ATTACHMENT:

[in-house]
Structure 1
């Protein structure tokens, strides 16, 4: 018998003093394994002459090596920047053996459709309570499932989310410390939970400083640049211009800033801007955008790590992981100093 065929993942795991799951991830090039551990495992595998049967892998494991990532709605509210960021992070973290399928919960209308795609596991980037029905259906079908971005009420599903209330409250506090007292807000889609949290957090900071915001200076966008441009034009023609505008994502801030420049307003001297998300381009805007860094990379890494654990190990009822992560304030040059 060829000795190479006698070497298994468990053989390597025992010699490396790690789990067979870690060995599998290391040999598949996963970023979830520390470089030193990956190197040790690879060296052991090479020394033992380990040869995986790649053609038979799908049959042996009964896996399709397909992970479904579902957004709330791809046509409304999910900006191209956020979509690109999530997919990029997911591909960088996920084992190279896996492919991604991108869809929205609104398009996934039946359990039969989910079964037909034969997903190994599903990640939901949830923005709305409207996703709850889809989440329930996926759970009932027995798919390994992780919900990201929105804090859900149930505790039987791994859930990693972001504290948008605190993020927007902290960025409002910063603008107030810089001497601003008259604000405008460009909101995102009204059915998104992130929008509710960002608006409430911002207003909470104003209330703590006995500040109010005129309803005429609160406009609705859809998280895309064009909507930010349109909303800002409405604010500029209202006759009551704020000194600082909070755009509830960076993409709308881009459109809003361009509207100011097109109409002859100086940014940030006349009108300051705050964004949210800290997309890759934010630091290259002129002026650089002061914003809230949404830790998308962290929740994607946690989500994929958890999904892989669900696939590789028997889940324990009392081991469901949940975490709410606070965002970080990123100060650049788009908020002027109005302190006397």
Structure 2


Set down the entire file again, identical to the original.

[in-house]
Structure 1
């Protein structure tokens, strides 16, 4: 018998003093394994002459090596920047053996459709309570499932989310410390939970400083640049211009800033801007955008790590992981100093 065929993942795991799951991830090039551990495992595998049967892998494991990532709605509210960021992070973290399928919960209308795609596991980037029905259906079908971005009420599903209330409250506090007292807000889609949290957090900071915001200076966008441009034009023609505008994502801030420049307003001297998300381009805007860094990379890494654990190990009822992560304030040059 060829000795190479006698070497298994468990053989390597025992010699490396790690789990067979870690060995599998290391040999598949996963970023979830520390470089030193990956190197040790690879060296052991090479020394033992380990040869995986790649053609038979799908049959042996009964896996399709397909992970479904579902957004709330791809046509409304999910900006191209956020979509690109999530997919990029997911591909960088996920084992190279896996492919991604991108869809929205609104398009996934039946359990039969989910079964037909034969997903190994599903990640939901949830923005709305409207996703709850889809989440329930996926759970009932027995798919390994992780919900990201929105804090859900149930505790039987791994859930990693972001504290948008605190993020927007902290960025409002910063603008107030810089001497601003008259604000405008460009909101995102009204059915998104992130929008509710960002608006409430911002207003909470104003209330703590006995500040109010005129309803005429609160406009609705859809998280895309064009909507930010349109909303800002409405604010500029209202006759009551704020000194600082909070755009509830960076993409709308881009459109809003361009509207100011097109109409002859100086940014940030006349009108300051705050964004949210800290997309890759934010630091290259002129002026650089002061914003809230949404830790998308962290929740994607946690989500994929958890999904892989669900696939590789028997889940324990009392081991469901949940975490709410606070965002970080990123100060650049788009908020002027109005302190006397």
Structure 2